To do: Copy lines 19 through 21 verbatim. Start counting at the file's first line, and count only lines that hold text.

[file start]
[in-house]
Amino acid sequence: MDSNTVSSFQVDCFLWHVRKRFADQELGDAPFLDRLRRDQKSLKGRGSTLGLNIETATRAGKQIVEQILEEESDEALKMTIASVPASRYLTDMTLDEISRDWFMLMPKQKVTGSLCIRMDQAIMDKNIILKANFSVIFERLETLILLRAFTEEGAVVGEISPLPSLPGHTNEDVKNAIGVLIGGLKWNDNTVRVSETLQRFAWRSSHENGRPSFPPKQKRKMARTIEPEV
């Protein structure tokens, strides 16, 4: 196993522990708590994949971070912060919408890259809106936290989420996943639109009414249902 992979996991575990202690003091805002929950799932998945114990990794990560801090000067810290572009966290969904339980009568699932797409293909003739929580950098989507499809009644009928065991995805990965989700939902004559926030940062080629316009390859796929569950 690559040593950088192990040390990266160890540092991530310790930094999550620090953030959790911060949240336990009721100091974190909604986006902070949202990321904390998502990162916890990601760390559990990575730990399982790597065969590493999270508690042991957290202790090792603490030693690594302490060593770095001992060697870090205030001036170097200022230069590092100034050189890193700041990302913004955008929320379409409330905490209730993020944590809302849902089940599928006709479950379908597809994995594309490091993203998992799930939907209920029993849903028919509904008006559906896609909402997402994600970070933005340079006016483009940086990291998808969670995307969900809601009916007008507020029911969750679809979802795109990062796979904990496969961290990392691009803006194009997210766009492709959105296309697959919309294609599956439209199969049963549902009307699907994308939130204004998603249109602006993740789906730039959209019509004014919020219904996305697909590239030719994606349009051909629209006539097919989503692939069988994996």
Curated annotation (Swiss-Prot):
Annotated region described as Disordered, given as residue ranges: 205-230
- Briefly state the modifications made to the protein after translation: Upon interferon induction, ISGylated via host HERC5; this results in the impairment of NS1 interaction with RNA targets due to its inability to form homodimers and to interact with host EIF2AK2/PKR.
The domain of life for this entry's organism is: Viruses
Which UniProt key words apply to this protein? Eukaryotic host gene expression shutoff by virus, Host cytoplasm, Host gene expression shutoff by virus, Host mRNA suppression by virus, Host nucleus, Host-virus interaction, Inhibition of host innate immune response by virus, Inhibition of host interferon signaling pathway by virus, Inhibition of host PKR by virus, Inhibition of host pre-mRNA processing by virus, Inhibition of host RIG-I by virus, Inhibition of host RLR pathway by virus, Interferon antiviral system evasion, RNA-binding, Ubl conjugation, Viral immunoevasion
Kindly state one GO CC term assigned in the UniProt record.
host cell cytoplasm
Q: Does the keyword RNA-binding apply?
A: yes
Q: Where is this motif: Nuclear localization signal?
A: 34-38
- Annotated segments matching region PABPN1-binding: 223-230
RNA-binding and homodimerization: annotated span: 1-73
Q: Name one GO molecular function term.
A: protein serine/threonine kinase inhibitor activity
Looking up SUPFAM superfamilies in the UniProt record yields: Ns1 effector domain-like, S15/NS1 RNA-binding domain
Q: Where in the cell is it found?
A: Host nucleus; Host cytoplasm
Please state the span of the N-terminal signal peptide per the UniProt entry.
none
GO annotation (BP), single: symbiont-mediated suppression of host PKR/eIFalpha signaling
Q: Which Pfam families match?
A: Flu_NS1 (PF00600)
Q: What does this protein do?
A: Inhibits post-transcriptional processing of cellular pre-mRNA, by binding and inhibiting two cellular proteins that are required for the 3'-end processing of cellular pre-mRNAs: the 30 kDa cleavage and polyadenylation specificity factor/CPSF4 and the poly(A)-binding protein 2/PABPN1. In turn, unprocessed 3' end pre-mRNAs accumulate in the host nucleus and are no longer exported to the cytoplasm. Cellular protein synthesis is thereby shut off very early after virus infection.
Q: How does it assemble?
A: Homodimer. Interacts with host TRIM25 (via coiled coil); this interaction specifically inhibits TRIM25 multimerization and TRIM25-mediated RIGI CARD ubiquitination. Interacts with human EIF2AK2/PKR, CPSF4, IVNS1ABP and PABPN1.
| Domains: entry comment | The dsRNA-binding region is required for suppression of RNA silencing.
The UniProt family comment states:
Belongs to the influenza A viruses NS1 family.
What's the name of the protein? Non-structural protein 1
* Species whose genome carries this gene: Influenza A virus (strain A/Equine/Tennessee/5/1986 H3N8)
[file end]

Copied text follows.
Looking up SUPFAM superfamilies in the UniProt record yields: Ns1 effector domain-like, S15/NS1 RNA-binding domain
Q: Where in the cell is it found?
A: Host nucleus; Host cytoplasm